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In re Ambassador Hotel Corporation

Circuit Court of Appeals, Second Circuit
Jan 7, 1942
124 F.2d 435 (2d Cir. 1942)


No. 106.

January 7, 1942.

Appeal from the District Court of the United States for the Southern District of New York.

Proceeding in bankruptcy in the matter of the Ambassador Hotel Corporation, debtor, for reorganization of the debtor under section 77B of the Bankruptcy Act, 11 U.S.C.A. § 207. From an order denying a motion to enjoin Jesse Sharp, as a holder of voting trust certificates issued under a voting trust agreement pursuant to confirmed plan of reorganization, from prosecuting an action in the Supreme Court of New York County, New York, wherein he sought a declaratory judgment that the voting trust agreement had terminated, and other relief, George E. Roosevelt and others, as trustees under the voting trust agreement, and New York Ambassador, Incorporated, appeal.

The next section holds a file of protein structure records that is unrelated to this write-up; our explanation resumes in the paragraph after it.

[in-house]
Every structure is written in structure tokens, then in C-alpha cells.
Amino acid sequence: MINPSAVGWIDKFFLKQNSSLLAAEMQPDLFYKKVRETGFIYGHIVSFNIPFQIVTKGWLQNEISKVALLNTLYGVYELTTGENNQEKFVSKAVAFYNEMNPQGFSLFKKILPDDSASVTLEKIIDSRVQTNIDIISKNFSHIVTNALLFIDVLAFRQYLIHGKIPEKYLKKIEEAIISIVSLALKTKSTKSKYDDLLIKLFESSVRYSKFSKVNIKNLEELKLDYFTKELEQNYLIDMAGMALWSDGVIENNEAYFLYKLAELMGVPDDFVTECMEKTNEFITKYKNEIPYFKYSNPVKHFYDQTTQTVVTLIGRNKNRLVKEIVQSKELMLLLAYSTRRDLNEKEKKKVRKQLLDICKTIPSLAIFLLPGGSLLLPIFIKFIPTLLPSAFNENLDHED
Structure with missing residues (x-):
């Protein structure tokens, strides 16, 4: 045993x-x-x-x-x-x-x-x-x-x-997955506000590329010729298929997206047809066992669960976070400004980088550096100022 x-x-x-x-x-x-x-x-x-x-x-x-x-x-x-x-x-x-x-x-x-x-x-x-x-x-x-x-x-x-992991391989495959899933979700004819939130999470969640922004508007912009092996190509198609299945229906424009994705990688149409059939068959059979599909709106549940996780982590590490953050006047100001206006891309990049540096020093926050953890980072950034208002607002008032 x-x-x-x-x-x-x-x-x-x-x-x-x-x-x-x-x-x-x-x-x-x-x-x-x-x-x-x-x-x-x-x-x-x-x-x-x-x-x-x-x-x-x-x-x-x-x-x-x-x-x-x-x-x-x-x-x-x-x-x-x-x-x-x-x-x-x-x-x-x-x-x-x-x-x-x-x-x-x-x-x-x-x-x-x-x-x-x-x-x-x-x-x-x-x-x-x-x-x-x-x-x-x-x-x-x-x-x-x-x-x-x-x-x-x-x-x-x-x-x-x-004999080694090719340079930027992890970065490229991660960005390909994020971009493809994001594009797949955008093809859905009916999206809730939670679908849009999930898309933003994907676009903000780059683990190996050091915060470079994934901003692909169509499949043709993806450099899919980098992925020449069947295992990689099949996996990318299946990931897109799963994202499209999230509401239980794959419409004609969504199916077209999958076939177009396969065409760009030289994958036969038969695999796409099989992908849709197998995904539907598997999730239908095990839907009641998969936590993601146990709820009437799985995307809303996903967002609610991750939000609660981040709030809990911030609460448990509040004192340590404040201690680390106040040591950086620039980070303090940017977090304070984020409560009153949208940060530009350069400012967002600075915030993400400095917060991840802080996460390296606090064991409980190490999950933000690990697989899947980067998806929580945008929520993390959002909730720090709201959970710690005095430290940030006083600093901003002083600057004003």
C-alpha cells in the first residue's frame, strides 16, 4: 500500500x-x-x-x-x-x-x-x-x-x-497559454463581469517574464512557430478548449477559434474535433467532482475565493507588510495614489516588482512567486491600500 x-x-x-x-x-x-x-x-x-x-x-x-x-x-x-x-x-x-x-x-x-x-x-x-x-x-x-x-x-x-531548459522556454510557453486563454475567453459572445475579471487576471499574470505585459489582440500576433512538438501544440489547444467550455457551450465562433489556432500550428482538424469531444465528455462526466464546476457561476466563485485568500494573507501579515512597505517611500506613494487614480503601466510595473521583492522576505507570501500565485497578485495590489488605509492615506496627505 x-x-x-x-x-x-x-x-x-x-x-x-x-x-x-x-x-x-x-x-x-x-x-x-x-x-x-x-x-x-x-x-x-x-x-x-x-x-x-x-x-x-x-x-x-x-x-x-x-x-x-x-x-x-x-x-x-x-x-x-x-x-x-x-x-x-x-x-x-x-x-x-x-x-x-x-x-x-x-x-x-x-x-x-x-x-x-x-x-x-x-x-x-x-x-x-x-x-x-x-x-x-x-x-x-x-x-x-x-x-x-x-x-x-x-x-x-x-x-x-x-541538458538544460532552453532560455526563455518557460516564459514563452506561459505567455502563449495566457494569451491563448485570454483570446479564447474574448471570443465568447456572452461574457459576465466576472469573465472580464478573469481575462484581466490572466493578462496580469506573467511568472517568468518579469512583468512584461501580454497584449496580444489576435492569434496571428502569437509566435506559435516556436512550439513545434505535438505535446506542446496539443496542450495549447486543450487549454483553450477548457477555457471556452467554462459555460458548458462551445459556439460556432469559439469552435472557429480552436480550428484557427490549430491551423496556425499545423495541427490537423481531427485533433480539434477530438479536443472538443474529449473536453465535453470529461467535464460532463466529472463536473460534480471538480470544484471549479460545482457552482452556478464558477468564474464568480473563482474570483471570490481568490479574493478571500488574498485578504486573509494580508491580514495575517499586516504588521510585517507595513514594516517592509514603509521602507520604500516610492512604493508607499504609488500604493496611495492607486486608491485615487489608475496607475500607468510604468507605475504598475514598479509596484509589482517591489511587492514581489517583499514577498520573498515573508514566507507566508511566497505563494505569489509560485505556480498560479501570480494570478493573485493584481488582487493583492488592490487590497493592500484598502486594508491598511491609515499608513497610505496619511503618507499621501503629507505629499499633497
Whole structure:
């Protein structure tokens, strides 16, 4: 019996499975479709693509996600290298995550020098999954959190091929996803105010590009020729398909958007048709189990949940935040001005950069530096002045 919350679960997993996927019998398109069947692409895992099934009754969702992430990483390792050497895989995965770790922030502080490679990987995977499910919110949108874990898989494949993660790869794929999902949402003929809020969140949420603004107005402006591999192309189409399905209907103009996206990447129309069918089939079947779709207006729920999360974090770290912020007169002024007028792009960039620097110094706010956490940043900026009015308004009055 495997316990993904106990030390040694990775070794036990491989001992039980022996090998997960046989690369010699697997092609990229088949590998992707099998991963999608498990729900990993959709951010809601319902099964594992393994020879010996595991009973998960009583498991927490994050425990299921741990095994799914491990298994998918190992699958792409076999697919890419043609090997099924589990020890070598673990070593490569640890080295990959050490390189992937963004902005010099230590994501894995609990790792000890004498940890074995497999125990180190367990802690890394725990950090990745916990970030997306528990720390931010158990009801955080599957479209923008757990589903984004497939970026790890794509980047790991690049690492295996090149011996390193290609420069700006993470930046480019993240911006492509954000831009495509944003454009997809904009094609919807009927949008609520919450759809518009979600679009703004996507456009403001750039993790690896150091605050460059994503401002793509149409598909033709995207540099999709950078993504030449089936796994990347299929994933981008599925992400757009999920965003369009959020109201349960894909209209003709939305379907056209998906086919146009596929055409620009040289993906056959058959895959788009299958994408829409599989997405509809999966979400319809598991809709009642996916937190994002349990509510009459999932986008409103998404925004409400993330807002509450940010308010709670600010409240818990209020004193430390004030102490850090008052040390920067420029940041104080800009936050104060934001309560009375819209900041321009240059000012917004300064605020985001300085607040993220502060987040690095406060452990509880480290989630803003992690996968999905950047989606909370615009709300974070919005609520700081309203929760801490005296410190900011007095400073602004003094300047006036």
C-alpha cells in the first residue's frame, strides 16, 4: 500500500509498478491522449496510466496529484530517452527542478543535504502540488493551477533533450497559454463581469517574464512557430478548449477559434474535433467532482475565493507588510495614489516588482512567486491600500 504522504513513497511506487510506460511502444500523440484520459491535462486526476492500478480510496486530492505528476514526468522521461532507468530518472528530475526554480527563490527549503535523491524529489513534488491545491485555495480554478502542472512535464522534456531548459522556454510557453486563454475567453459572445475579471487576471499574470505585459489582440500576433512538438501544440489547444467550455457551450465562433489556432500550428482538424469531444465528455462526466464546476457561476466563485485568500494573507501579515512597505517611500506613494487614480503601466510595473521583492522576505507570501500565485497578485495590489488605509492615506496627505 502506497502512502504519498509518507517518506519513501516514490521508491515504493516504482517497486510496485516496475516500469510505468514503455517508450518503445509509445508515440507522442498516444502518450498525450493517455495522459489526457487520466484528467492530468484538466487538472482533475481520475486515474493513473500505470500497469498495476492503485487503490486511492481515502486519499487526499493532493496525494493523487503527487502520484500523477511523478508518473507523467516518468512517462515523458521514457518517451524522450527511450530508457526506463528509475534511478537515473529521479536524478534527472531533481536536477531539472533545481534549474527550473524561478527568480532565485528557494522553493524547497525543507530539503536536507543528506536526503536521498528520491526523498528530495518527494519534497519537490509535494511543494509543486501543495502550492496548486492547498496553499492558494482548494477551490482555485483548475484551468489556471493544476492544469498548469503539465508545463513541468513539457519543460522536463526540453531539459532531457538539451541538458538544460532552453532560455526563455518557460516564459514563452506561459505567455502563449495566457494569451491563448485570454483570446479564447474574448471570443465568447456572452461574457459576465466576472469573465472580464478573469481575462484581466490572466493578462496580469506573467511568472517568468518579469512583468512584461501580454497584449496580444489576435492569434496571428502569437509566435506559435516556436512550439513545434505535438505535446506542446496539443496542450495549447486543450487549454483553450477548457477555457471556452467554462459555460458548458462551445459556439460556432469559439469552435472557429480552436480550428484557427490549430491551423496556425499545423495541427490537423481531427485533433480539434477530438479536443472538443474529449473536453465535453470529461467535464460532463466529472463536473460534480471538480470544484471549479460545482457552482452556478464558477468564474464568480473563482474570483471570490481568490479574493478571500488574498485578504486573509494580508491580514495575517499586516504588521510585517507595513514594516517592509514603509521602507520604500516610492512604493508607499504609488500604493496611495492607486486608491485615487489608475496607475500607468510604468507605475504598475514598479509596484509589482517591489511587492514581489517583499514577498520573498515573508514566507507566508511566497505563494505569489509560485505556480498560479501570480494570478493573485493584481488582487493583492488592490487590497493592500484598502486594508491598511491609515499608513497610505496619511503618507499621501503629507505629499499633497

Order affirmed.

Rosenberg, Goldmark Colin, of New York City (Milton M. Bergerman, Herman Jervis, and Joseph Cohen, all of New York City, of counsel), for appellants.

Gerdes Montgomery, of New York City (John Gerdes, W. Randolph Montgomery, and Irving T. Bush, all of New York City, of counsel), for appellees.

Before L. HAND, SWAN and CHASE, Circuit Judges.